- Marco Rubio: U.S. at social, moral crossroads
- ‘We’re coming for you, Barack Obama’: Top U.S. official discloses threat from ISIL
- White flags baffle NYPD: ‘We’re lucky it wasn’t a bomb’
- N.Y. Gov. Cuomo’s office interfered with, pressured corruption commission: report
- Brit lawmaker: I would fire on Israel if I lived in Gaza
- VA apologizes to forgotten Marine veteran locked in Fla. clinic, forced to call 911
- U.S. social and economic trends on worrisome track, survey finds
- McDonald nomination unanimously referred to full Senate
- Chuck Norris honorary chairman of NRA voter registration campaign
- GOP outraged Obamacare investigators able to get coverage with fake IDs
Question of the Day
Hastert vs. Soros
House Speaker J. Dennis Hastert yesterday responded to an angry letter from billionaire financier George Soros accusing the politician of implying on national television last weekend that Mr. Soros receives funds from drug cartels.
Mr. Soros sent the letter to Mr. Hastert on Tuesday, telling the Illinois Republican he should be “ashamed” for suggesting “that I might be a criminal simply because I have exercised my First Amendment rights to dissent from the policies of the Bush administration.”
In a reply letter sent yesterday, Mr. Hastert defended his remarks on “Fox News Sunday” and shot back.
“I never implied that you were a criminal, and I never would, that’s not my style,” Mr. Hastert wrote. “I will state clearly that I believe your agenda is dangerous, extreme and wrong for America.”
Mr. Hastert wrote that he’s particularly concerned with Mr. Soros’ fight for drug legalization, and his funding of groups working toward that goal. “These were the drug groups that I referred to in my comments on the ‘Fox News Sunday’ program,” Mr. Hastert wrote, adding that he also strongly disagrees with Mr. Soros’ promotion of euthanasia.
Mr. Hastert also criticized Mr. Soros for funding the largely unregulated “527” groups that have bashed President Bush in television ads this year.
“The American people ought to know that the same people who have fought so aggressively to legalize drugs in this nation and to promote euthanasia are now fighting to defeat George Bush and Republicans in Congress,” Mr. Hastert said. “I would hope that the American people will take note of the radical agenda that lies behind the millions of dollars of negative advertising.”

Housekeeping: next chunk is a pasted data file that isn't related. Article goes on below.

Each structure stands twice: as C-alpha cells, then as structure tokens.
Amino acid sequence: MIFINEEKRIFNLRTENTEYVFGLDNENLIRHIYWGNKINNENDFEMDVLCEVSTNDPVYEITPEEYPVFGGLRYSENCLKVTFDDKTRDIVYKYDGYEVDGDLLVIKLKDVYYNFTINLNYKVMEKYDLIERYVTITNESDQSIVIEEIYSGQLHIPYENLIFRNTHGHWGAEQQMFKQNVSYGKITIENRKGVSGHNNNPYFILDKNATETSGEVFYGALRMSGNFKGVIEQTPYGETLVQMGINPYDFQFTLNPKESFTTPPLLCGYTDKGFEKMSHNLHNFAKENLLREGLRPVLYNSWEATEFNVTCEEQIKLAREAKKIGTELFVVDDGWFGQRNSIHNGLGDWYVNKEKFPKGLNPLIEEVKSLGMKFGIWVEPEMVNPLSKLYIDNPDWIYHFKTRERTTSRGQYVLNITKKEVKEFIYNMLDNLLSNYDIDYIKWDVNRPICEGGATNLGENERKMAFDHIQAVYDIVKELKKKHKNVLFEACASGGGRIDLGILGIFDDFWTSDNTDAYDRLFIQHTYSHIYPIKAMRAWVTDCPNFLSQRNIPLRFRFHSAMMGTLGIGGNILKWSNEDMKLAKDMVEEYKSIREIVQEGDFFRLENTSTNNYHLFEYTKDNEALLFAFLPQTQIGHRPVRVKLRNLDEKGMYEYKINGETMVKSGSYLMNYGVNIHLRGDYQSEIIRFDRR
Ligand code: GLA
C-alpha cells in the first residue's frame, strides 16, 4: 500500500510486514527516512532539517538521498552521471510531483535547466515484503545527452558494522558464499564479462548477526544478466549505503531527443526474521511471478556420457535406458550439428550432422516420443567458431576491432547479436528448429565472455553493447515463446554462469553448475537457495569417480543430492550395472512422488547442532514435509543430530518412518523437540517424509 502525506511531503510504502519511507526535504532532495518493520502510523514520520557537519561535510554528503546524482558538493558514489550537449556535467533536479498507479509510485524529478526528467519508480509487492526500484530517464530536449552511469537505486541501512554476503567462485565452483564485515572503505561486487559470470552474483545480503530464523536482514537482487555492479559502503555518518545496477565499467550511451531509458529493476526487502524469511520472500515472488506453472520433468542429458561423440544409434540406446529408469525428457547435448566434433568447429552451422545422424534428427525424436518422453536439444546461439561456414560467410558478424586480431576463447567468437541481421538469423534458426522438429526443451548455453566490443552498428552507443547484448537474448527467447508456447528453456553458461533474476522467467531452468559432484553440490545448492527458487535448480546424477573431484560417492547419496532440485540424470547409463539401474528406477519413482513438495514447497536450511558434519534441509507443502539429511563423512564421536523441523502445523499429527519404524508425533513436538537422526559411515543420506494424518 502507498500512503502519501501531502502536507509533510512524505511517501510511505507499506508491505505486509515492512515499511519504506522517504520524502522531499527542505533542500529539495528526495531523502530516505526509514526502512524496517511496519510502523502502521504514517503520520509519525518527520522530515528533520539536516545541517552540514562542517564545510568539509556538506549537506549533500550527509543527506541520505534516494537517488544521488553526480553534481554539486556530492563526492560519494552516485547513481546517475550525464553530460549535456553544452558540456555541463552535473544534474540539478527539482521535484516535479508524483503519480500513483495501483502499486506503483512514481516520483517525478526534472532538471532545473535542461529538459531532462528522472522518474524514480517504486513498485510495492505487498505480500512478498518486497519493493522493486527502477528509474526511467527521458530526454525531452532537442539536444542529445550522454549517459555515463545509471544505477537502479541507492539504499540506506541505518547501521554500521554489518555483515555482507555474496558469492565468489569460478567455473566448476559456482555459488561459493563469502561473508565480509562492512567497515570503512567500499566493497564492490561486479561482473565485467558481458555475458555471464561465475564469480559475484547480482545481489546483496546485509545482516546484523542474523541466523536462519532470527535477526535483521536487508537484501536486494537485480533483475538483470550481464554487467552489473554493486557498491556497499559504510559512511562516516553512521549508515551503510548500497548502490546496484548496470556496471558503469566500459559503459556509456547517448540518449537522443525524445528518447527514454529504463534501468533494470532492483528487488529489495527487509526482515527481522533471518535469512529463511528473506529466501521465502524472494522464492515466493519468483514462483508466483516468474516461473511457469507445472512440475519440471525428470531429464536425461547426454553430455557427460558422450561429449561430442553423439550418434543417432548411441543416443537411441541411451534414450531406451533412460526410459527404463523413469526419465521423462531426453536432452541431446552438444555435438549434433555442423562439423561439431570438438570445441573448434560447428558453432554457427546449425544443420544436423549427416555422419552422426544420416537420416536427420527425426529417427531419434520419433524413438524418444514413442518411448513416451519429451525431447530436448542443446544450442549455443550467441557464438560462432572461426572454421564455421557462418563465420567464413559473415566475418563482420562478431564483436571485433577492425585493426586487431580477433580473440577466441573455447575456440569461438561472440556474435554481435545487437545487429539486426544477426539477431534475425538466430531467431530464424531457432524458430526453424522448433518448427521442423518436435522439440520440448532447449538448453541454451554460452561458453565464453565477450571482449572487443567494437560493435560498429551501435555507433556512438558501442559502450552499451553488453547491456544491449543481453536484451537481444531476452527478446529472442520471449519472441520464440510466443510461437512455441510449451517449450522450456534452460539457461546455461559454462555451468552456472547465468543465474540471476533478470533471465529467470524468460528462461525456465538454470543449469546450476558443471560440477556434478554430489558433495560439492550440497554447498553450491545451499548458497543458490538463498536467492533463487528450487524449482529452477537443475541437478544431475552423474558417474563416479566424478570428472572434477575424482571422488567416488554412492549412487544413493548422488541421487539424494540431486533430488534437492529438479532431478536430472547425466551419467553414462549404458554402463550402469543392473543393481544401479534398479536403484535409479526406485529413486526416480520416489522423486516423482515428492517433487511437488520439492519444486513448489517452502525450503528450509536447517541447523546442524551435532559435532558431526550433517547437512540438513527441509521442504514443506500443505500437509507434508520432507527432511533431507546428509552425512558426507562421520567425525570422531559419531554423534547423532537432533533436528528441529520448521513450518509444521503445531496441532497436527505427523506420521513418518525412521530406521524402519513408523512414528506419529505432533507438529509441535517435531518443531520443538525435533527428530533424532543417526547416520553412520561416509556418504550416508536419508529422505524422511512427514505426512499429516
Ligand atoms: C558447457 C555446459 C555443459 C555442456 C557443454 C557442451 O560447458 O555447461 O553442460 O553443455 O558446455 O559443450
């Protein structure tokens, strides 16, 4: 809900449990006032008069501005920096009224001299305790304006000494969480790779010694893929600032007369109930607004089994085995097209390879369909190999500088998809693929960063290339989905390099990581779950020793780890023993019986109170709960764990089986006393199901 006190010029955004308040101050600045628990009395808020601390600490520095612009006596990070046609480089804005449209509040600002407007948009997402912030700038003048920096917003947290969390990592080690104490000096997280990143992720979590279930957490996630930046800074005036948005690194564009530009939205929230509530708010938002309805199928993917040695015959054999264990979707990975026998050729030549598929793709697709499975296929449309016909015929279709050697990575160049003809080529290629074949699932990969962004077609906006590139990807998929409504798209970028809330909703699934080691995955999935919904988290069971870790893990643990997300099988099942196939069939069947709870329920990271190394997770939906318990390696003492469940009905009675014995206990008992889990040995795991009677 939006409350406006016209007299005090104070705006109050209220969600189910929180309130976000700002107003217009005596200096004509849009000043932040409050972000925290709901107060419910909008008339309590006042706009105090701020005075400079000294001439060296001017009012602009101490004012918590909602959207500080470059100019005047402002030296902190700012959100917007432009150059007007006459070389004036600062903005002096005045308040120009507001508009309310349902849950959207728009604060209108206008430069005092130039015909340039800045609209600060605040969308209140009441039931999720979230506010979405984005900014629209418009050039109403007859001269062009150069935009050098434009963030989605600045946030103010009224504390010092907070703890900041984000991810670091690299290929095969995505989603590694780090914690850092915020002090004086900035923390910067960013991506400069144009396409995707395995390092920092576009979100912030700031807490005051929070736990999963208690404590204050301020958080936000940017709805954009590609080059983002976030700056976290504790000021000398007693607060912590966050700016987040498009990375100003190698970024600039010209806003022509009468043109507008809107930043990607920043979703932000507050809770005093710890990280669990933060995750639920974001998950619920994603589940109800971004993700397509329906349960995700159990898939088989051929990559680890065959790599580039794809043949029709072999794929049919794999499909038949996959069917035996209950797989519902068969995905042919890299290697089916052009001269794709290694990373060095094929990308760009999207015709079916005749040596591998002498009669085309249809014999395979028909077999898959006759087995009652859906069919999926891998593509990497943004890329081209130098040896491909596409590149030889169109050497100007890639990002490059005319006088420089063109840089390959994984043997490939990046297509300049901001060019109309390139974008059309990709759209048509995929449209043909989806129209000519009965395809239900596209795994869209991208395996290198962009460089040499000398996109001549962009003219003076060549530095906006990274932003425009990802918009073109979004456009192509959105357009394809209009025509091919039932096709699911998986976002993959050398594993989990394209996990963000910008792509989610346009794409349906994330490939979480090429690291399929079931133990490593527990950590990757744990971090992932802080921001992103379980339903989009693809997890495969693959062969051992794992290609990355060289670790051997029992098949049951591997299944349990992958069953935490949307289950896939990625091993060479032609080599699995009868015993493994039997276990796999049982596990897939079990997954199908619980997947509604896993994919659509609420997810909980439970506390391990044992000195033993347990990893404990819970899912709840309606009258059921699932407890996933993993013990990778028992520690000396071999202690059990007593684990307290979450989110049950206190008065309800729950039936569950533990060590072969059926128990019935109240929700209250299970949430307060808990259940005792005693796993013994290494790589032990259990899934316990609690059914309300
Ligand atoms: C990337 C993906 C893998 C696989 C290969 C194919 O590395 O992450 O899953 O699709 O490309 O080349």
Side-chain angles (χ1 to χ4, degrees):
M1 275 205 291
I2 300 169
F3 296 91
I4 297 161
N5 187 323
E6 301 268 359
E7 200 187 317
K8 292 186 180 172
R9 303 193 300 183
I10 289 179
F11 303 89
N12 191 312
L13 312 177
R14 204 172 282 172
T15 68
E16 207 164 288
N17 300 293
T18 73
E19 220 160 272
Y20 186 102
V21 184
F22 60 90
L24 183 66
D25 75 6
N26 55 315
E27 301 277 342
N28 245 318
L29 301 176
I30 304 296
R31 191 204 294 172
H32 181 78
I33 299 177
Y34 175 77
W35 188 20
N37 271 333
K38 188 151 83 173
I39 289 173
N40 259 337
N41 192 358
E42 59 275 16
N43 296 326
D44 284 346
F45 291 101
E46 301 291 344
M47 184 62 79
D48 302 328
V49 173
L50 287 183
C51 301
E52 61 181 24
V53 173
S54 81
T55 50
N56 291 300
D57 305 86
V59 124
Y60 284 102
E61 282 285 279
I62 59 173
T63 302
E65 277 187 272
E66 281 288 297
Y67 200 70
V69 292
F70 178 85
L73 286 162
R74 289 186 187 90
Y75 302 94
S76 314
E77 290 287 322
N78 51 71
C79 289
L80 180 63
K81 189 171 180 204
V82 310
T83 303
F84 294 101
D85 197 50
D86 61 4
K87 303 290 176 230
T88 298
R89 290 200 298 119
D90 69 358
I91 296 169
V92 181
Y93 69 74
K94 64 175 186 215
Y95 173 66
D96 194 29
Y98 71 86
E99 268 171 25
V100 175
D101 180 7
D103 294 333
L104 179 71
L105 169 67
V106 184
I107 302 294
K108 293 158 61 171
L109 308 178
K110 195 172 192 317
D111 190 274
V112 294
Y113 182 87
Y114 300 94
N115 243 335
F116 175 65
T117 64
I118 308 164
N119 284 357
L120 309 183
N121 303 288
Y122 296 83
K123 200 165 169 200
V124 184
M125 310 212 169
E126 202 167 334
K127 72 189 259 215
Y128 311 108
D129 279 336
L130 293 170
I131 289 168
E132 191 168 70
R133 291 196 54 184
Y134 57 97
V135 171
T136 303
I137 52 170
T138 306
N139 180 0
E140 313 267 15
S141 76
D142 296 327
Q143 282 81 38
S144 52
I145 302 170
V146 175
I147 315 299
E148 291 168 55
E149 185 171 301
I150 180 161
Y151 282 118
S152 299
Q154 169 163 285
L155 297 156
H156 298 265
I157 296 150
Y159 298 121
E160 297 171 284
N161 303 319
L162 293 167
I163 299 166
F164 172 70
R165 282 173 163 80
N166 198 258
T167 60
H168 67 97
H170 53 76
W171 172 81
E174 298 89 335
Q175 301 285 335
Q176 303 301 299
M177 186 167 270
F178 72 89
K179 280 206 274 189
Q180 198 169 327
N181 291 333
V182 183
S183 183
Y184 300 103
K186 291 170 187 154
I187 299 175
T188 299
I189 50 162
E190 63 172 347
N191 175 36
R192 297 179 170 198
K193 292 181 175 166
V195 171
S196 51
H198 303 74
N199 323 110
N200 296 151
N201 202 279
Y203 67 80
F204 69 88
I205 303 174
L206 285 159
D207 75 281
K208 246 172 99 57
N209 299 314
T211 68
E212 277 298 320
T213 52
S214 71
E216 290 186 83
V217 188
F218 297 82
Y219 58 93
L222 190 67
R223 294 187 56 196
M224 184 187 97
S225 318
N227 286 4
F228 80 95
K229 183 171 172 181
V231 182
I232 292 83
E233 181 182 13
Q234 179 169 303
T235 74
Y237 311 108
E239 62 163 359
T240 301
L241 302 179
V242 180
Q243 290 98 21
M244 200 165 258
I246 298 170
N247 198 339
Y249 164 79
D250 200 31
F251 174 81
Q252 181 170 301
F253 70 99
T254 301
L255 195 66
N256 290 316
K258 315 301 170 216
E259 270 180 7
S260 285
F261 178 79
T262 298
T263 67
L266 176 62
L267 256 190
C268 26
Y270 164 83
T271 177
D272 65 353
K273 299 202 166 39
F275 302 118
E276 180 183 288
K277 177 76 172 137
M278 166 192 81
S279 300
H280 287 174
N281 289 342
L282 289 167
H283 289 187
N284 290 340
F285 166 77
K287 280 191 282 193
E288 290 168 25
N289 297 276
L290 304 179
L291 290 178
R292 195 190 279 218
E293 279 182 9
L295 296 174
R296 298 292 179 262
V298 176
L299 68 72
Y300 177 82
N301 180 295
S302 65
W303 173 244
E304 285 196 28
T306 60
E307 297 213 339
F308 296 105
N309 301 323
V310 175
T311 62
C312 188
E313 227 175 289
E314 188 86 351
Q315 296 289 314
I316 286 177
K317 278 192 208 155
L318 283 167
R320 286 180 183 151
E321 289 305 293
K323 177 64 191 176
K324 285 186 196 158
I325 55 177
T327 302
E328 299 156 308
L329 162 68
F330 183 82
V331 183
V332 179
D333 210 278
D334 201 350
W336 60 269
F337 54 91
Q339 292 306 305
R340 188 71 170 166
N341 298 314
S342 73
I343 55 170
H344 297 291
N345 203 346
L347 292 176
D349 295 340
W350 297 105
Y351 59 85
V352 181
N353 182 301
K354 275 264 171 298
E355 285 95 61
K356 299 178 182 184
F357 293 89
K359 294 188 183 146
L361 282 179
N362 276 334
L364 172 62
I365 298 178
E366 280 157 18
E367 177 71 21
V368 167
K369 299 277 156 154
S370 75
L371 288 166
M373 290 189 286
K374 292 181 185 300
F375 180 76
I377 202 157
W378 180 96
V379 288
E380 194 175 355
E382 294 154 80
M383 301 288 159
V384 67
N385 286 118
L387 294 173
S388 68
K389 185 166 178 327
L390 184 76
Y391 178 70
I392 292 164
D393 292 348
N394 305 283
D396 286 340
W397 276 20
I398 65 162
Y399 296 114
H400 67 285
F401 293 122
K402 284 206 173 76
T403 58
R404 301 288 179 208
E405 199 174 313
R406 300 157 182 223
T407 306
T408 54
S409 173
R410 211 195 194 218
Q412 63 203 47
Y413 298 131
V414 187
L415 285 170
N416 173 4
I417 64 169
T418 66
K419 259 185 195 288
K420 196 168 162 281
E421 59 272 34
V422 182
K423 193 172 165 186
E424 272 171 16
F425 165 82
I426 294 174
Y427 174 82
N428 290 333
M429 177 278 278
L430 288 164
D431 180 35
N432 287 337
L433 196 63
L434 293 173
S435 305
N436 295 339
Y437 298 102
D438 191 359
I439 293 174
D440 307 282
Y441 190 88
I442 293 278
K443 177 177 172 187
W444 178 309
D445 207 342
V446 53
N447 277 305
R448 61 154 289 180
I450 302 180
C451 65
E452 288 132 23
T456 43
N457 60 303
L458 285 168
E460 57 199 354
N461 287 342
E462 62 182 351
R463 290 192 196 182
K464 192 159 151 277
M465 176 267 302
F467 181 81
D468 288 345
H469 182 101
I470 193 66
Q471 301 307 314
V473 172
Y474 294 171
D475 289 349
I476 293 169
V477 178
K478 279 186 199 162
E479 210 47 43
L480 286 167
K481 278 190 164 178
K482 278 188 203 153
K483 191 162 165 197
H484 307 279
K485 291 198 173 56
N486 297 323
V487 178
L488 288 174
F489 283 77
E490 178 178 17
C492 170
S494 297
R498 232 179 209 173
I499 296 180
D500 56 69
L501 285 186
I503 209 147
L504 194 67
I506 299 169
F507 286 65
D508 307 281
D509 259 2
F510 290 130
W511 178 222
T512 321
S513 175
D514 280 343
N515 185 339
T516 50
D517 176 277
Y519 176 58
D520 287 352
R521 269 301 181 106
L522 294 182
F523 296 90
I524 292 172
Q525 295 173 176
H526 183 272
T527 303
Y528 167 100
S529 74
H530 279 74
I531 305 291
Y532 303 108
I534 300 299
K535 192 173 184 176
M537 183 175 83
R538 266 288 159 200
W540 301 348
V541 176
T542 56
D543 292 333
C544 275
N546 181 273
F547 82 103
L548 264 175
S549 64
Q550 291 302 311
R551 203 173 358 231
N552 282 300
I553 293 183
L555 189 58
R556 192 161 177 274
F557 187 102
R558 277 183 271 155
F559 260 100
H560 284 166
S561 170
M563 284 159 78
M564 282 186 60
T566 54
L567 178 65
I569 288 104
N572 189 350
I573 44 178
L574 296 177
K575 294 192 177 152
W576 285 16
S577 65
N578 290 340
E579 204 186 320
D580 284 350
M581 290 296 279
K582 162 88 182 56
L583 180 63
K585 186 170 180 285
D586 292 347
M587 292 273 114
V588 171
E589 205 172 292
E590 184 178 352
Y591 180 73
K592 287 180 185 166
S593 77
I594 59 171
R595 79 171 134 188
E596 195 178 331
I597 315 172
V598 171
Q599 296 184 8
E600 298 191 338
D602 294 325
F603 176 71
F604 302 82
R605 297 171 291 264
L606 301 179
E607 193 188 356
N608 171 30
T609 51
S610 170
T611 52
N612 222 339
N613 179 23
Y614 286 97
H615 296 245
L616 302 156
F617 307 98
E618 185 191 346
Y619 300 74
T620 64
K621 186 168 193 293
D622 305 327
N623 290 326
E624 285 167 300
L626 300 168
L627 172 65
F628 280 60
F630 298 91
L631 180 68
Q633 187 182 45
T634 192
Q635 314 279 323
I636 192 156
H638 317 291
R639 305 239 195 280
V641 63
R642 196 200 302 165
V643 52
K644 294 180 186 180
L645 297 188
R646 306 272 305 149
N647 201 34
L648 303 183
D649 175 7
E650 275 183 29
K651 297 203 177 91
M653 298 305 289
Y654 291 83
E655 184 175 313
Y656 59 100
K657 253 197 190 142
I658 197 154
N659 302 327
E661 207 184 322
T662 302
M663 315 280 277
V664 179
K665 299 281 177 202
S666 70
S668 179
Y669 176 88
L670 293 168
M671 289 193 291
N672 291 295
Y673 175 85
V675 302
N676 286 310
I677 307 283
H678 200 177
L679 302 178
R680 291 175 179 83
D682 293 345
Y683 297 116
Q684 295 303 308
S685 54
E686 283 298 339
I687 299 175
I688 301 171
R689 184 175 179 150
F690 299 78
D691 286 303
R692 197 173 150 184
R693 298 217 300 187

Try, try again
The Louisiana Supreme Court was asked yesterday to knock a congressman off the Nov. 2 ballot for switching at the last minute to the Republican Party.
The appeal was filed by Jock Scott, who was the leading Republican candidate for Congress until Rep. Rodney Alexander suddenly switched from the Democratic Party, the Associated Press reports.
“Rodney Alexander should be denied the benefit of his cynical actions that violated the letter and spirit of the Louisiana election code,” Mr. Scott’s attorney, Michael Johnson, argued in court papers.
The turmoil began Aug. 6, when Mr. Alexander filed to run for re-election as a Republican 15 minutes before the filing deadline — and two days after he had filed as a Democrat. Furious Democrats sued to keep him off the ballot.
A judge refused to do so, though he reopened the sign-up period for candidates. On Monday, however, an appeals court struck down the new qualifying period.
By Andrew P. Napolitano
Perhaps we're not as free as we think
- CARSON: Costco and the perils of mixing politics and business
- House task force to recommend National Guard on border, faster deportations
- Obama orders Pentagon advisers to Ukraine
- Tom Petty: 'No one's got Christ more wrong than the Christians'
- 'We're coming for you, Barack Obama': Top U.S. official discloses threat from ISIL terrorists
- Netanyahu's Wikipedia page replaced with giant Palestinian flag
- Beretta moving to Tennessee over Maryland gun laws
- HURT: The cost of 'free' water in Detroit
- DEACE: How to go from civil rights icon to bigot in one quote
- Latest Obama claim: I don't learn anything from the news
Obama's biggest White House 'fails'
Celebrities turned politicians
Athletes turned actors
20 gadgets that changed the world
Fighting in Iraq